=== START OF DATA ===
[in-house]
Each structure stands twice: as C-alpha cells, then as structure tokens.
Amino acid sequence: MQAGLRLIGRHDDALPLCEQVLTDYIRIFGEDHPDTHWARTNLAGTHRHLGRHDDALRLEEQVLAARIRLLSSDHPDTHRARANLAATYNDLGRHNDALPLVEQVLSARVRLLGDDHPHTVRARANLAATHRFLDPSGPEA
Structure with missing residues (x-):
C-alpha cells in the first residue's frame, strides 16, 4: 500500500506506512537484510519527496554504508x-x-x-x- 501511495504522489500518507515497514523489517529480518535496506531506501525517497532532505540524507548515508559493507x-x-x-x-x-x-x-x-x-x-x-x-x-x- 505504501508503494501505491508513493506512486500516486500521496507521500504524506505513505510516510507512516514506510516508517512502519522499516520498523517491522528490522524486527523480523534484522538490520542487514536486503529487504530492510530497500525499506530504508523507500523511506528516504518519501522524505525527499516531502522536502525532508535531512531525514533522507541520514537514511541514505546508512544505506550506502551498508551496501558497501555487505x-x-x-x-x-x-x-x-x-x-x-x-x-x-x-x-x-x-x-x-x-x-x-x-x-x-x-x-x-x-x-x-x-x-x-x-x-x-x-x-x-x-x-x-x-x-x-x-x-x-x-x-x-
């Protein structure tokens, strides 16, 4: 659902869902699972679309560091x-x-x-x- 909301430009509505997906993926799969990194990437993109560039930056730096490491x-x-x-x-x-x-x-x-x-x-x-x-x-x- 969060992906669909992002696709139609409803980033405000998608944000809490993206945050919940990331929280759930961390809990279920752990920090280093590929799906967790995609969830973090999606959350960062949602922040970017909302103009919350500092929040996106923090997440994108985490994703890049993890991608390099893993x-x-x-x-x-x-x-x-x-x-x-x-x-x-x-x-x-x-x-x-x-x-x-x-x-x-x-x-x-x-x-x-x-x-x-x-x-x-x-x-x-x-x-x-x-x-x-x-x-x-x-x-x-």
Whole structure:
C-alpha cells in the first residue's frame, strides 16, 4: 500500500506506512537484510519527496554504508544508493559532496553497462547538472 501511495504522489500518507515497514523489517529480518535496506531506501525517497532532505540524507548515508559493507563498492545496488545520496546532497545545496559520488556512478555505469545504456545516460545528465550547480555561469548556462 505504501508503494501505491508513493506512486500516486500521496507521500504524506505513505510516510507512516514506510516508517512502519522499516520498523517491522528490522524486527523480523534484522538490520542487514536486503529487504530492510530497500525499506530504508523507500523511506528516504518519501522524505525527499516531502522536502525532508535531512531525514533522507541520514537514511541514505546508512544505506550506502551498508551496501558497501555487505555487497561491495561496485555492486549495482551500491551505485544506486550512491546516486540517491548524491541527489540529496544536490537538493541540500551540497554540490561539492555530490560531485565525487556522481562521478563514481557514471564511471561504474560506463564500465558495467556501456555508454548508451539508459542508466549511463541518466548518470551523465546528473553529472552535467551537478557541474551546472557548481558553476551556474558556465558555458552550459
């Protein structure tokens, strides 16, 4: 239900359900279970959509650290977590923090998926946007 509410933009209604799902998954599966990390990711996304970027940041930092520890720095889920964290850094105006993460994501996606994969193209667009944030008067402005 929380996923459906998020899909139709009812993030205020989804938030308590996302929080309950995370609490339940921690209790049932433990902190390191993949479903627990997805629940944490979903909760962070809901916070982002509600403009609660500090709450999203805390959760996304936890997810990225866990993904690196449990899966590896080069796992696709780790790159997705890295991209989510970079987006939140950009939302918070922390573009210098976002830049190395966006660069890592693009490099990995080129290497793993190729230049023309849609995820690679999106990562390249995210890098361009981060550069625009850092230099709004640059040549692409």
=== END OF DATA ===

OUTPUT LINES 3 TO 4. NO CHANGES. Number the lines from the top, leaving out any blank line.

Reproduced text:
Amino acid sequence: MQAGLRLIGRHDDALPLCEQVLTDYIRIFGEDHPDTHWARTNLAGTHRHLGRHDDALRLEEQVLAARIRLLSSDHPDTHRARANLAATYNDLGRHNDALPLVEQVLSARVRLLGDDHPHTVRARANLAATHRFLDPSGPEA
Structure with missing residues (x-):